Vicki Vernon Lott, Ph.D. serves on the Board of Directors and as a consultant for JustFaith Ministries.  She is a trained facilitator of Racial Sobriety with Father Clarence Williams and a Racial Equity Consultant with Joyce James Consulting.

JustFaith Ministries promotes “action to address the root cause of injustice while serving with love” as our Mission states.  From my perspective, awareness and understanding of the root causes of injustice are prerequisites for addressing it. For example, we need to understand that the stage was set more than 400 years ago for the racial injustices that we see in this country today. Most of us were socialized to view African Americans as inferior, and overcoming that mindset requires both intentionality and telling the truth about history. Unfortunately, we too often engage in superficial action without first exploring the lingering, deep inter-generational wounds of what Joy DeGruy calls “Post Traumatic Slave Syndrome.”1

The enslavement, lynchings, mass incarceration, police brutality, and so many other injustices of the formerly enslaved of African descent are an integral part of this country’s history. Beginning with the 1619 trans-Atlantic journey called the Middle Passage, Africans were brought to this country involuntarily while being shackled, beaten, and separated from family members.  We need to always remember the inhumane conditions of the journey that took six to eleven weeks with dehydration, scurvy, and no hygiene on board.

Upon arrival, the enslaved Africans were then forced into unpaid labor from sunrise to sunset, six days per week as a means for  European Americans to build  wealth. Having food sometimes not suitable for animals to eat, the enslaved were dressed in sackcloth and lived in small shacks with a dirt floor and little or no furniture. At auction, the enslaved were chained together like animals  and stripped of their clothing so buyers could see their physiques. Paraded onto auction blocks and sold as property along with cattle, they were humiliated and degraded at every turn. My great-great grandfather Alex, born in 1845, was listed as property along with the animals that the plantation owner who enslaved him passed down to his son.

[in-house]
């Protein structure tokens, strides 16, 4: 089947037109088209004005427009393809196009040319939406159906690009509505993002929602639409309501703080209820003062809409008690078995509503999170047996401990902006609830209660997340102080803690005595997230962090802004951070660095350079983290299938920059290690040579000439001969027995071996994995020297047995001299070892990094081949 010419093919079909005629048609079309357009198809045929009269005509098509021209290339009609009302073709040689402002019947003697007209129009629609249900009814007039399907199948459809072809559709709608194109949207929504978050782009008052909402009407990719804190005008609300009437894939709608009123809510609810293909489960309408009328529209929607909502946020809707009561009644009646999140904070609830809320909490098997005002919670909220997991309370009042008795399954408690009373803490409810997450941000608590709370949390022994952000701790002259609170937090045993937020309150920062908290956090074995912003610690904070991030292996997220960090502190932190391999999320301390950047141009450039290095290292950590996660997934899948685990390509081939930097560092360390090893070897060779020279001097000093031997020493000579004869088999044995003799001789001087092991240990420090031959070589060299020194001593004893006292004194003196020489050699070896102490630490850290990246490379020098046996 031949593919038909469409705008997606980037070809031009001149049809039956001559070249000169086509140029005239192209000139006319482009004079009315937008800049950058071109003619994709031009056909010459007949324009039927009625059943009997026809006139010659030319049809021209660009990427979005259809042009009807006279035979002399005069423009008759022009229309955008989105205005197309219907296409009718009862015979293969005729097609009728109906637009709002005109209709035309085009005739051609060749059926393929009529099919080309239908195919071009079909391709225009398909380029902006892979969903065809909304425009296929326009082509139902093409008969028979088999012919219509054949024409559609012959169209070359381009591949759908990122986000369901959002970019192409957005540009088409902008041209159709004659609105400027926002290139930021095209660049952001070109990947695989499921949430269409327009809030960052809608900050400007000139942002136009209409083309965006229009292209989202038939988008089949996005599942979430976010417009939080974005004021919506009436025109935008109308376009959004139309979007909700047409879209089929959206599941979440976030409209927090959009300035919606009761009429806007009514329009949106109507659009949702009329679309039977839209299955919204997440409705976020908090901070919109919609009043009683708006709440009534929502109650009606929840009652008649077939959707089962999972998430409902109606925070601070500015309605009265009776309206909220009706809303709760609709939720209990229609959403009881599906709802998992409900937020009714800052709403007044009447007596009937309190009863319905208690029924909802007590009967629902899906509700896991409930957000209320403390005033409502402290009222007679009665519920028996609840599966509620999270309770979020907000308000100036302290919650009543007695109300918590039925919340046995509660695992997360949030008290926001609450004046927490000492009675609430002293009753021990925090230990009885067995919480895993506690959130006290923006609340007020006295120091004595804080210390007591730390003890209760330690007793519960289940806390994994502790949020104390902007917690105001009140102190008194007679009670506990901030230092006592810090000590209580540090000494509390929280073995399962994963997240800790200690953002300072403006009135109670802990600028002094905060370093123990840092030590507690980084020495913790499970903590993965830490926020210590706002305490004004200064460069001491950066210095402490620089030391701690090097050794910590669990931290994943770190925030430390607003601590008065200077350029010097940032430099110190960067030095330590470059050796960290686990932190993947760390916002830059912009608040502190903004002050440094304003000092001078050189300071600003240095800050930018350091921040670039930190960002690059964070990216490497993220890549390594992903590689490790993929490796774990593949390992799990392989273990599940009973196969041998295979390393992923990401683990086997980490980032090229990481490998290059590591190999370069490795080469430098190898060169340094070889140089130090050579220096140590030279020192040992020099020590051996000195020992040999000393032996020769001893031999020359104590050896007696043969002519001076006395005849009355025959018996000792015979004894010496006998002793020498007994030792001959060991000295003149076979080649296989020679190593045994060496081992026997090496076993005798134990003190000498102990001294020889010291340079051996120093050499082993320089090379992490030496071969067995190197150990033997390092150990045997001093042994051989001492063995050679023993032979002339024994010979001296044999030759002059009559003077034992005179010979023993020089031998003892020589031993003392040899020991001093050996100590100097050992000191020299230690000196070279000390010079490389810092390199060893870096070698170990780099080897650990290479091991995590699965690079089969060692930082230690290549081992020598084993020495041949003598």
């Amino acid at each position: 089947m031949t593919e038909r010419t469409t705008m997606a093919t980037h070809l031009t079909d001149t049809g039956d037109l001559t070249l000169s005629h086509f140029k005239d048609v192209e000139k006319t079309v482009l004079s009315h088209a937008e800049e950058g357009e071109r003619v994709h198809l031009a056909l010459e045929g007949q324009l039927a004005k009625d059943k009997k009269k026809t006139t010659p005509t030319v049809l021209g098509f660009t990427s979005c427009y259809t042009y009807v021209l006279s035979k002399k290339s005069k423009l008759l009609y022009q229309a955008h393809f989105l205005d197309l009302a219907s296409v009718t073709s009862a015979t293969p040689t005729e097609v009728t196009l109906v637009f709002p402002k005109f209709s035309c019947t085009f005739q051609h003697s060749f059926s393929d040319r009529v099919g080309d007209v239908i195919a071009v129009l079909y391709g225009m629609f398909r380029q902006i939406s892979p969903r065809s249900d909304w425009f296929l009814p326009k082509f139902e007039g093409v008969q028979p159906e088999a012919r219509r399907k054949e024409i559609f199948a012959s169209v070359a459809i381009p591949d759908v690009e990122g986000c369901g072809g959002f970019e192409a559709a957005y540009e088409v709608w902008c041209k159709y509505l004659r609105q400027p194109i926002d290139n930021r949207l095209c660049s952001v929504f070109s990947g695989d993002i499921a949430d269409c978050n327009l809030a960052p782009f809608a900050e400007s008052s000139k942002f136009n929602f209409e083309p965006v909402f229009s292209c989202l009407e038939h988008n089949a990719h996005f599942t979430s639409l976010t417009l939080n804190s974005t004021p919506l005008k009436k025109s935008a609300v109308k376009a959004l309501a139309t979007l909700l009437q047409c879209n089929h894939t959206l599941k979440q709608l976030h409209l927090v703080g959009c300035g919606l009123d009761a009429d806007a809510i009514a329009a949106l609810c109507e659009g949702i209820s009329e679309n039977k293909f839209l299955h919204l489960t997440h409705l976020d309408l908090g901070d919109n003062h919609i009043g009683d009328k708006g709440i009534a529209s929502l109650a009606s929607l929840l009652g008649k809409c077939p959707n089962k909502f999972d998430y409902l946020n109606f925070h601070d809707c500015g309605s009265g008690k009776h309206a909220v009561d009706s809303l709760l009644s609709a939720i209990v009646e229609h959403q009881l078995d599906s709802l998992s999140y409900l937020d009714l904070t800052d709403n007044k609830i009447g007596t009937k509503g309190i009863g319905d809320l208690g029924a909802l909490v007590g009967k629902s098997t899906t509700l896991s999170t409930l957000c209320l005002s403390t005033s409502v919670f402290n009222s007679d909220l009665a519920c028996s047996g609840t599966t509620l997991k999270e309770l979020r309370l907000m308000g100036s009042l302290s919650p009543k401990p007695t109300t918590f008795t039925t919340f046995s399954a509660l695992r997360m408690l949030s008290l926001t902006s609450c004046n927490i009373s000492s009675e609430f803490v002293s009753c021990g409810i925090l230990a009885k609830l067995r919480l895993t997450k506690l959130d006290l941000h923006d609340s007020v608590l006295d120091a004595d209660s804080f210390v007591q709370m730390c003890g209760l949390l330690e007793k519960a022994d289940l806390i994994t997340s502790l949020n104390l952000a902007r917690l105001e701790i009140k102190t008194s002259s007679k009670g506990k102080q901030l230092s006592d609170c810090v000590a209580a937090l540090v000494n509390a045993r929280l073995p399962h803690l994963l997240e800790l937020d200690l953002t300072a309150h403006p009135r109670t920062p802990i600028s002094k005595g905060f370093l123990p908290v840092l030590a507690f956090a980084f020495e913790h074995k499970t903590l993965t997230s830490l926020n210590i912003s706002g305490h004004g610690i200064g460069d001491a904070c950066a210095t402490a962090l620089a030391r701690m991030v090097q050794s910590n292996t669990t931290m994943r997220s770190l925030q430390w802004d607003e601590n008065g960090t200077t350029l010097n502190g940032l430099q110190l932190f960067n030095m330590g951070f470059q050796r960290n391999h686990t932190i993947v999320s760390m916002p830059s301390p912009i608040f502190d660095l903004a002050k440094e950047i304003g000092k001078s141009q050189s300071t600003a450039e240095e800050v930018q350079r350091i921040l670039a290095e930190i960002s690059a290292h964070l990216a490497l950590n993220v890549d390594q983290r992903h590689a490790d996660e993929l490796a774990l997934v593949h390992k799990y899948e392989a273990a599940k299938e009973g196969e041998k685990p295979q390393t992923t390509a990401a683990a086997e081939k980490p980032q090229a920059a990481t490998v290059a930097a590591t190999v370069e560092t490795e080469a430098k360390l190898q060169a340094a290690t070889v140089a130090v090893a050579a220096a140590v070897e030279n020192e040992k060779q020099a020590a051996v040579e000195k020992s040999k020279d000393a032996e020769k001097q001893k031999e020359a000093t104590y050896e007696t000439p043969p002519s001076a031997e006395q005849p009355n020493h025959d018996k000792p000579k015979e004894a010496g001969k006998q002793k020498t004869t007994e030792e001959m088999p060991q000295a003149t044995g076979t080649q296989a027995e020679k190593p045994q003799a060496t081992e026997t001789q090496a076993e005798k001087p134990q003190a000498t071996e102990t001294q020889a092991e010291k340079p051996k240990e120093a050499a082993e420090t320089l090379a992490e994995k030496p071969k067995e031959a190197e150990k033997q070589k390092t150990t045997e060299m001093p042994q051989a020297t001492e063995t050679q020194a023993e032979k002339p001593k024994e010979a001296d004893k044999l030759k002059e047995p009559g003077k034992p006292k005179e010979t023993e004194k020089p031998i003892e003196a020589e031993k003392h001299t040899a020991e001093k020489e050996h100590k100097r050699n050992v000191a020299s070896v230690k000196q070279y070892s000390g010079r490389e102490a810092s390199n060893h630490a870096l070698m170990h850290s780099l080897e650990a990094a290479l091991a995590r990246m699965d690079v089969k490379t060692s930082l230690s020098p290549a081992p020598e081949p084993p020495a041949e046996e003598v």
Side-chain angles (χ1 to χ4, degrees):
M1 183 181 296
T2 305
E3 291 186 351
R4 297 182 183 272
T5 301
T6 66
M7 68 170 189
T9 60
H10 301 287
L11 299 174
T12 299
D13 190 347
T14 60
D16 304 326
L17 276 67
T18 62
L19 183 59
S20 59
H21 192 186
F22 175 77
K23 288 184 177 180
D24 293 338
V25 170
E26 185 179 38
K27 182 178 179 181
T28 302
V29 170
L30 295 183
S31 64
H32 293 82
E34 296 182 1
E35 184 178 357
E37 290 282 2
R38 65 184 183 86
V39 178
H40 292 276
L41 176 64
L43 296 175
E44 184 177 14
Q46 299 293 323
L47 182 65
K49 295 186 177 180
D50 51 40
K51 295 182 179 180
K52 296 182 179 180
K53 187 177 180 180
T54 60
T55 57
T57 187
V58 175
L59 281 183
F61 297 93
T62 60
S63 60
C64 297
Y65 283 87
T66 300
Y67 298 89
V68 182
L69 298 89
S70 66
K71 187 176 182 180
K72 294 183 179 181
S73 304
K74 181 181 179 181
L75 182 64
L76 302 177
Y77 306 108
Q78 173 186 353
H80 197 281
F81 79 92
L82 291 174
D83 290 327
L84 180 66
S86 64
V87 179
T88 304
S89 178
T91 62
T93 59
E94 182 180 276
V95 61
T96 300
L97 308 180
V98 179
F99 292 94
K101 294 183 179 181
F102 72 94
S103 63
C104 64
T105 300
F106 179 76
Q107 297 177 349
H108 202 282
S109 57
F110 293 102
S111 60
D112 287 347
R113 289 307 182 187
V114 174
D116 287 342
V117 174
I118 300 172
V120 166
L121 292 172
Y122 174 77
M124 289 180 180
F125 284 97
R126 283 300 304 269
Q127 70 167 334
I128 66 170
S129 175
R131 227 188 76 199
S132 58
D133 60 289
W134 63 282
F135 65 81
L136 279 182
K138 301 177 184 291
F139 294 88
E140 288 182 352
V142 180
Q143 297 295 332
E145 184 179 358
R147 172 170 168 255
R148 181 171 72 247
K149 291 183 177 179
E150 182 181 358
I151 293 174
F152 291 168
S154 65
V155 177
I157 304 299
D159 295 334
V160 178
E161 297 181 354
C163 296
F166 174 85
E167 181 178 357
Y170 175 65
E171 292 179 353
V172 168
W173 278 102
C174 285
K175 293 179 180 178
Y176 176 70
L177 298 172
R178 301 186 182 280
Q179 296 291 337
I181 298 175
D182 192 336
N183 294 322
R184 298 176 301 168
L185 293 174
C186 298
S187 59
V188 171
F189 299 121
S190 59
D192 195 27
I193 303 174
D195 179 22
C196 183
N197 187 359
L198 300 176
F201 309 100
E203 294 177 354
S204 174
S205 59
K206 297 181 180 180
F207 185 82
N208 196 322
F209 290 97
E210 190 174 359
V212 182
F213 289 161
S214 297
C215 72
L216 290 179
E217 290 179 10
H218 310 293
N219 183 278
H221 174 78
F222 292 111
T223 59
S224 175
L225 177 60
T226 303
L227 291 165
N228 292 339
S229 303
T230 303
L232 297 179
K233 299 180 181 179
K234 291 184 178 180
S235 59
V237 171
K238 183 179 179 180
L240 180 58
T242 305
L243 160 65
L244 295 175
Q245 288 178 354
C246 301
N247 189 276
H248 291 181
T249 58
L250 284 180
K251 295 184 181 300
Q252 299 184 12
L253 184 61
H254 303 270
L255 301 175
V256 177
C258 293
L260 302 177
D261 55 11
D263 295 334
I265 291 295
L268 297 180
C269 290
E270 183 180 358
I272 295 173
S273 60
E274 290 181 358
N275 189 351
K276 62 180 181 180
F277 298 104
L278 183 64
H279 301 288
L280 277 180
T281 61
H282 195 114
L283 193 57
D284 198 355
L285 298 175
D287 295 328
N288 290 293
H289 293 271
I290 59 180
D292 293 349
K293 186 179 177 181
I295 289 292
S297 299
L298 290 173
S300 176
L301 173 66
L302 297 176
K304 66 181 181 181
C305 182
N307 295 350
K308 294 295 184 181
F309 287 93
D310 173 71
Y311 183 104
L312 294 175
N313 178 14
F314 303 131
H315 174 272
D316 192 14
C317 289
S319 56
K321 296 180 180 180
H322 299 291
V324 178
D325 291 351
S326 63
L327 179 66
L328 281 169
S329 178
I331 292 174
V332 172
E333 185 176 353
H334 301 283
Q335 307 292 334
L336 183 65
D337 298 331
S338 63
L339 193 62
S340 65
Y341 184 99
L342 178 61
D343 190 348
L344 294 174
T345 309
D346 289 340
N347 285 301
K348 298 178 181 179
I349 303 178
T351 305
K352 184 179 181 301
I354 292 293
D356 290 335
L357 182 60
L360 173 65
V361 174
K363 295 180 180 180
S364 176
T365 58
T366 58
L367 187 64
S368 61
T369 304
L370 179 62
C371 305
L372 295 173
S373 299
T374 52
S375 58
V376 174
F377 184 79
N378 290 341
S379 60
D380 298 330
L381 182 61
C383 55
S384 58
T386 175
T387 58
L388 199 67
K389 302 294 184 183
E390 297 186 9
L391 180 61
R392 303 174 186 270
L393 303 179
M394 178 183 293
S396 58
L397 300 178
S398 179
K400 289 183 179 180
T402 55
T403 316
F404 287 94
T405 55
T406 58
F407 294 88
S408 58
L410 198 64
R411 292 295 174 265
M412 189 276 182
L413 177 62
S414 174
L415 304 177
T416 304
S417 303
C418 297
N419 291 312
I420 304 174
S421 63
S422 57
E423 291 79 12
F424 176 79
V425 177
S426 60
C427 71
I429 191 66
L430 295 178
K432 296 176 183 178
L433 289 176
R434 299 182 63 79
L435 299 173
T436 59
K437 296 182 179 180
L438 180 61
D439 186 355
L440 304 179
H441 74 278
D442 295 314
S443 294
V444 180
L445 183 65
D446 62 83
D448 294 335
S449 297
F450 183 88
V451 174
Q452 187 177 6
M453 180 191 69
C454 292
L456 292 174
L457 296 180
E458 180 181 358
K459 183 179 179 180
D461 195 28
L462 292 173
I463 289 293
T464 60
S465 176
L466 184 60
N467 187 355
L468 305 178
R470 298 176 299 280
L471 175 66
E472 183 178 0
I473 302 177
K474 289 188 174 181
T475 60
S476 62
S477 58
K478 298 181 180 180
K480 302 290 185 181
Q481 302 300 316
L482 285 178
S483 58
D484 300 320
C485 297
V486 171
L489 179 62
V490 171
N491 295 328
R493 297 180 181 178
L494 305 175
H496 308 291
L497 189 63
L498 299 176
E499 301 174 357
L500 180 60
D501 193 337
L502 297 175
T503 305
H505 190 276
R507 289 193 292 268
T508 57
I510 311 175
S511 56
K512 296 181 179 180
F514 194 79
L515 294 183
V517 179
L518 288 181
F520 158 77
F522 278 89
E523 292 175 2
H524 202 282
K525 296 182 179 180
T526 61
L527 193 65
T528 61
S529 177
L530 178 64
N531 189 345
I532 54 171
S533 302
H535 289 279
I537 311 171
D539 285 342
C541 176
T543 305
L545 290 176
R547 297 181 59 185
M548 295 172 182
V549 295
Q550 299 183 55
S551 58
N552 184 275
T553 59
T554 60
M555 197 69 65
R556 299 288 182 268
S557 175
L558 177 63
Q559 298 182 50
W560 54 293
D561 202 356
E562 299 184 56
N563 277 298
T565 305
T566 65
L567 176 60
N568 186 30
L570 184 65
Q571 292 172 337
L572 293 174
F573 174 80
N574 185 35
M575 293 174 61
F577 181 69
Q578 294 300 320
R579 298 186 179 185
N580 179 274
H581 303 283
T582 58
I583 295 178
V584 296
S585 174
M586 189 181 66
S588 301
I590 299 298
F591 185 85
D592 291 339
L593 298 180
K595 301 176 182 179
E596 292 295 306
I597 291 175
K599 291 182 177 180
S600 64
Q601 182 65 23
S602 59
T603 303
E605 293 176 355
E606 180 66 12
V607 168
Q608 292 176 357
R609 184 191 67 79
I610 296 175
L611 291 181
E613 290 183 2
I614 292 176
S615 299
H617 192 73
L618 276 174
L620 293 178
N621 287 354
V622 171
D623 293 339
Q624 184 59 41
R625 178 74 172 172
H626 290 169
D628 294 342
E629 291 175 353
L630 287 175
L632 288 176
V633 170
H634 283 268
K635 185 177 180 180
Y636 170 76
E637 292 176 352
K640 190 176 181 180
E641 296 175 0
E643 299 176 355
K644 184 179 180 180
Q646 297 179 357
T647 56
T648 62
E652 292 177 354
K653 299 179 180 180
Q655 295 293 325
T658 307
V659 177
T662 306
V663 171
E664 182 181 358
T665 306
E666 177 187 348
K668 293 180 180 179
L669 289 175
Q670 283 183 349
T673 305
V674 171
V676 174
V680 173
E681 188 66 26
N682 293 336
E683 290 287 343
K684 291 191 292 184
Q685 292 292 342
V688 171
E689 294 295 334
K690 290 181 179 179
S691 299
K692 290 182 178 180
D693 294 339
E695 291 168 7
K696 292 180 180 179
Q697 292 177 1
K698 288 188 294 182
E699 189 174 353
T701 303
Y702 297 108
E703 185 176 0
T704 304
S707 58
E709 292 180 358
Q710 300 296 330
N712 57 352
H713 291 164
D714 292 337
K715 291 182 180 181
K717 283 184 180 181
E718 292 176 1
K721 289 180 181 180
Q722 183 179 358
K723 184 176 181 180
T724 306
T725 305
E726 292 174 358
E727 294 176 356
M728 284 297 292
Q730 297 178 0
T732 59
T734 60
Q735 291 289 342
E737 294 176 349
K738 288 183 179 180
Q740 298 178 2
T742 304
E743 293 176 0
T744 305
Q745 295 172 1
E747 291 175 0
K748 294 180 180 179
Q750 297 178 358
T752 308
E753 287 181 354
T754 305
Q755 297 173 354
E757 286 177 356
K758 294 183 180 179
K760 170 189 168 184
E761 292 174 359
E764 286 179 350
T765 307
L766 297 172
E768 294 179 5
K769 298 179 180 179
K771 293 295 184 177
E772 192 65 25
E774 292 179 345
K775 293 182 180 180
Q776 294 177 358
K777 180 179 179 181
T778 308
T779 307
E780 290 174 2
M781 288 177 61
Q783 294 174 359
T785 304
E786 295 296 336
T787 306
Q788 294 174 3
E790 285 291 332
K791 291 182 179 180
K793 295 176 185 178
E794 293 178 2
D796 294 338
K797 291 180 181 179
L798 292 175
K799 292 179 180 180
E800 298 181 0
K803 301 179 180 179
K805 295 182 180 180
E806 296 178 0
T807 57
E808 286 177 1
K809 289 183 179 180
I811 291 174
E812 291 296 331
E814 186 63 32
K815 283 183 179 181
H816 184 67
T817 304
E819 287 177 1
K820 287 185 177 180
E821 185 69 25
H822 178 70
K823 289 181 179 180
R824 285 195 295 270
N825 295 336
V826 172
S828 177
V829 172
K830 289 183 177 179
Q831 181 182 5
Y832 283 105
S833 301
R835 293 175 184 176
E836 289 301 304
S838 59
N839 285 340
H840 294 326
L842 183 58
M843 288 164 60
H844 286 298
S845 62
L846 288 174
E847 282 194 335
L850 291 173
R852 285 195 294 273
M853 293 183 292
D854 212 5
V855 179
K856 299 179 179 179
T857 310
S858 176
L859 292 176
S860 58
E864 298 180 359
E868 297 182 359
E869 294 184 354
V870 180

Even after the Emancipation Proclamation of 1865, new forms of enslavement and inhumane treatment continued with convict leasing, the Black Codes, Jim Crow laws, and so much more that is beyond the scope of this reflection. But let’s look at lynching for a moment.

The Equal Justice Initiative, headed by Bryan Stevenson, has documented more than 4400 lynchings of Black people in the U.S. between 1877 and 1950. Racial terror lynchings were violent and public acts of torture that traumatized Black people throughout the country and were largely tolerated by state and federal officials.2

Lynchings continued past the 1970s, and well into the 1980s. Postcards and photographs, depicting gruesome images of the bodies of Black men, women, and children who had been tied to trees, mutilated, tortured, shot, and burned alive by White mobs were often distributed as souvenirs that were saved as mementos in family albums and stored away in attics for safekeeping. In the majority of the photos, White people were shown smiling and celebrating the spectacle.3  Lynchings were often held on Sunday mornings in broad daylight, when spectators would leave church to watch a hanging. They would leave the lynching and go back to church.4

Unless we take proactive steps to research and understand historical root causes of these horrific occurrences, we may inadvertently continue to contribute to racial injustices in all our systems and institutions, including child welfare, education, criminal justice, juvenile justice, housing, transportation, banking, healthcare, and faith-based organizations. 

But if we really want to tell the truth about root cause of racial injustice involving the Church, we need to go back much farther than the founding of America. Consider, for example, the religious rationale for the “Doctrine of Discovery.” In 1493, the year after Columbus sailed the ocean blue, Pope Alexander VI issued a papal bull that validated European conquest stating “that in our times especially the Catholic faith and the Christian religion be exalted and be everywhere increased and spread.”